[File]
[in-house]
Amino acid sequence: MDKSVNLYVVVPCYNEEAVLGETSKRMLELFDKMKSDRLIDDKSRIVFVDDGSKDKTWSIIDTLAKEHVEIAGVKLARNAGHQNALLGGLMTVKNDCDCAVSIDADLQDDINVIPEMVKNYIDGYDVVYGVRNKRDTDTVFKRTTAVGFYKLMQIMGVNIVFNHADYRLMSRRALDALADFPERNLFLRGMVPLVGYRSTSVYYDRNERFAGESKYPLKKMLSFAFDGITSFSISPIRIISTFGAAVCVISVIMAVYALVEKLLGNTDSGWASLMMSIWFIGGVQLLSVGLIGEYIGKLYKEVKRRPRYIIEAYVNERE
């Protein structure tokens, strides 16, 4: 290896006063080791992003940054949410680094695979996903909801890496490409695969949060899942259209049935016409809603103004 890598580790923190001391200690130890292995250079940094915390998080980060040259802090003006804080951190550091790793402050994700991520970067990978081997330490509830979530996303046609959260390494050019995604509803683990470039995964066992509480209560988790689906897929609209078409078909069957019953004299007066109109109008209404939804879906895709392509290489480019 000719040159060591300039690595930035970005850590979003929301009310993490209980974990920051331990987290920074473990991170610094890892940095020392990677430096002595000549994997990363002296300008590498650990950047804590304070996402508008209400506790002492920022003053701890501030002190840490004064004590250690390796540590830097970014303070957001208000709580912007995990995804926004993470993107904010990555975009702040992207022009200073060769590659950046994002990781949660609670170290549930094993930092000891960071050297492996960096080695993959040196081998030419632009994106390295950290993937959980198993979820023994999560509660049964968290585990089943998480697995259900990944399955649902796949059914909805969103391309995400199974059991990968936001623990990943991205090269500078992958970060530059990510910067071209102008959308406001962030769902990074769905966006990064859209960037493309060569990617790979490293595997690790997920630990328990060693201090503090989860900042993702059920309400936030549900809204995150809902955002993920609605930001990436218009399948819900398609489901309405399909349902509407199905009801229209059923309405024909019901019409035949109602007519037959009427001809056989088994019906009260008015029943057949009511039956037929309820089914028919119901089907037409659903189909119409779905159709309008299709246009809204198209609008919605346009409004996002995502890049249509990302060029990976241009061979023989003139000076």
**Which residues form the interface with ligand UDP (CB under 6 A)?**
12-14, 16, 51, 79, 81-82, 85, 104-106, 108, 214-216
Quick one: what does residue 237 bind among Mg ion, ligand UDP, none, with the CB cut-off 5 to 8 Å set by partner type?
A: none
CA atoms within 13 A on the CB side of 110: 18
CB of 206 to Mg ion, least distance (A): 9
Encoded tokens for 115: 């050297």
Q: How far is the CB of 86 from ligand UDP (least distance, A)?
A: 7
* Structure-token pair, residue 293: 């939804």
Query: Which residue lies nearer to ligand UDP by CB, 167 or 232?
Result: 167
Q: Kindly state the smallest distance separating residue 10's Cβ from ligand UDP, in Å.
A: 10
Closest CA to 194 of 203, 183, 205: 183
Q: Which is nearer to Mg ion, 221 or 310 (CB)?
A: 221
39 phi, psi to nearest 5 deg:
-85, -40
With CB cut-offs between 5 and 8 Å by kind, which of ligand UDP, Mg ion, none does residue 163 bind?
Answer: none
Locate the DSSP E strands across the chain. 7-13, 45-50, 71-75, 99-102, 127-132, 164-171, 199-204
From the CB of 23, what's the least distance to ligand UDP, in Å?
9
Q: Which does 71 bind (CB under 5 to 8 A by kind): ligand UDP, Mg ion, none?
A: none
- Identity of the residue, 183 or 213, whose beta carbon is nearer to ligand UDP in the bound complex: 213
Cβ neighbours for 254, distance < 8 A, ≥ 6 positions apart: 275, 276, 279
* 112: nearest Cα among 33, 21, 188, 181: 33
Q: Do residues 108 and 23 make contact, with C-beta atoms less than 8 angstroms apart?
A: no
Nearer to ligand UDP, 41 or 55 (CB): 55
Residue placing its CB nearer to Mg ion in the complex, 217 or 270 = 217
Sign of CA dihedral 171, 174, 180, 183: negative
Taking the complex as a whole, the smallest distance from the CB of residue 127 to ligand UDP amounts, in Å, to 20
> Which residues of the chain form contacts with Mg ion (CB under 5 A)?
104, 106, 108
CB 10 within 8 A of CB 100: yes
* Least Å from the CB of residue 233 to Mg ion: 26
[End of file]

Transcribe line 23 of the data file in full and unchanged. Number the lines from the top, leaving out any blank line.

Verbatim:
With CB cut-offs between 5 and 8 Å by kind, which of ligand UDP, Mg ion, none does residue 163 bind?